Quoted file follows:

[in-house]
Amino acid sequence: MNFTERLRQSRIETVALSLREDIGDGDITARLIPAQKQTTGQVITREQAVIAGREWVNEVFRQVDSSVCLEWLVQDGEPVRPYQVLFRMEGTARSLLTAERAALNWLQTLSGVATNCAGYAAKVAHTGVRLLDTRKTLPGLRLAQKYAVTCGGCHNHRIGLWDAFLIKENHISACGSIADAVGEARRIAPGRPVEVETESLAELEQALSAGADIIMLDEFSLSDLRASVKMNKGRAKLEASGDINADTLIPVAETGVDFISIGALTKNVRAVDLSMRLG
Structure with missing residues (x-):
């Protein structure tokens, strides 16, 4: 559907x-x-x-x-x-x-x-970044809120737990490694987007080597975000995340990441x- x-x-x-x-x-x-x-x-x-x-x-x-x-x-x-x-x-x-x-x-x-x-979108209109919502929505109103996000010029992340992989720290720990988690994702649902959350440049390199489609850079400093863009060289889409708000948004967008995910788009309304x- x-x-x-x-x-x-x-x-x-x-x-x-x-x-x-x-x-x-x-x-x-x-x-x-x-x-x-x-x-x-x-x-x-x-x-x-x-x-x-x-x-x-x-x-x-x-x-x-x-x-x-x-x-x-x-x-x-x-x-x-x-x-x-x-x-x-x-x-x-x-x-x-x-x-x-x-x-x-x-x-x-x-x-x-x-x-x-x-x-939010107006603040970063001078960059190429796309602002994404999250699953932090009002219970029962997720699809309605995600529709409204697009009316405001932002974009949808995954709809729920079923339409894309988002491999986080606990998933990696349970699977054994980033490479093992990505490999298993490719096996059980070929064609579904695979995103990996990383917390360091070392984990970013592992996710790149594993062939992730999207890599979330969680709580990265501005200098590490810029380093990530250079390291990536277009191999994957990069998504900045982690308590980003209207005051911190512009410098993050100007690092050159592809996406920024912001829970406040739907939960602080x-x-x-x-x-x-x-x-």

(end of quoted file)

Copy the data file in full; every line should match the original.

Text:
[in-house]
Amino acid sequence: MNFTERLRQSRIETVALSLREDIGDGDITARLIPAQKQTTGQVITREQAVIAGREWVNEVFRQVDSSVCLEWLVQDGEPVRPYQVLFRMEGTARSLLTAERAALNWLQTLSGVATNCAGYAAKVAHTGVRLLDTRKTLPGLRLAQKYAVTCGGCHNHRIGLWDAFLIKENHISACGSIADAVGEARRIAPGRPVEVETESLAELEQALSAGADIIMLDEFSLSDLRASVKMNKGRAKLEASGDINADTLIPVAETGVDFISIGALTKNVRAVDLSMRLG
Structure with missing residues (x-):
């Protein structure tokens, strides 16, 4: 559907x-x-x-x-x-x-x-970044809120737990490694987007080597975000995340990441x- x-x-x-x-x-x-x-x-x-x-x-x-x-x-x-x-x-x-x-x-x-x-979108209109919502929505109103996000010029992340992989720290720990988690994702649902959350440049390199489609850079400093863009060289889409708000948004967008995910788009309304x- x-x-x-x-x-x-x-x-x-x-x-x-x-x-x-x-x-x-x-x-x-x-x-x-x-x-x-x-x-x-x-x-x-x-x-x-x-x-x-x-x-x-x-x-x-x-x-x-x-x-x-x-x-x-x-x-x-x-x-x-x-x-x-x-x-x-x-x-x-x-x-x-x-x-x-x-x-x-x-x-x-x-x-x-x-x-x-x-x-939010107006603040970063001078960059190429796309602002994404999250699953932090009002219970029962997720699809309605995600529709409204697009009316405001932002974009949808995954709809729920079923339409894309988002491999986080606990998933990696349970699977054994980033490479093992990505490999298993490719096996059980070929064609579904695979995103990996990383917390360091070392984990970013592992996710790149594993062939992730999207890599979330969680709580990265501005200098590490810029380093990530250079390291990536277009191999994957990069998504900045982690308590980003209207005051911190512009410098993050100007690092050159592809996406920024912001829970406040739907939960602080x-x-x-x-x-x-x-x-």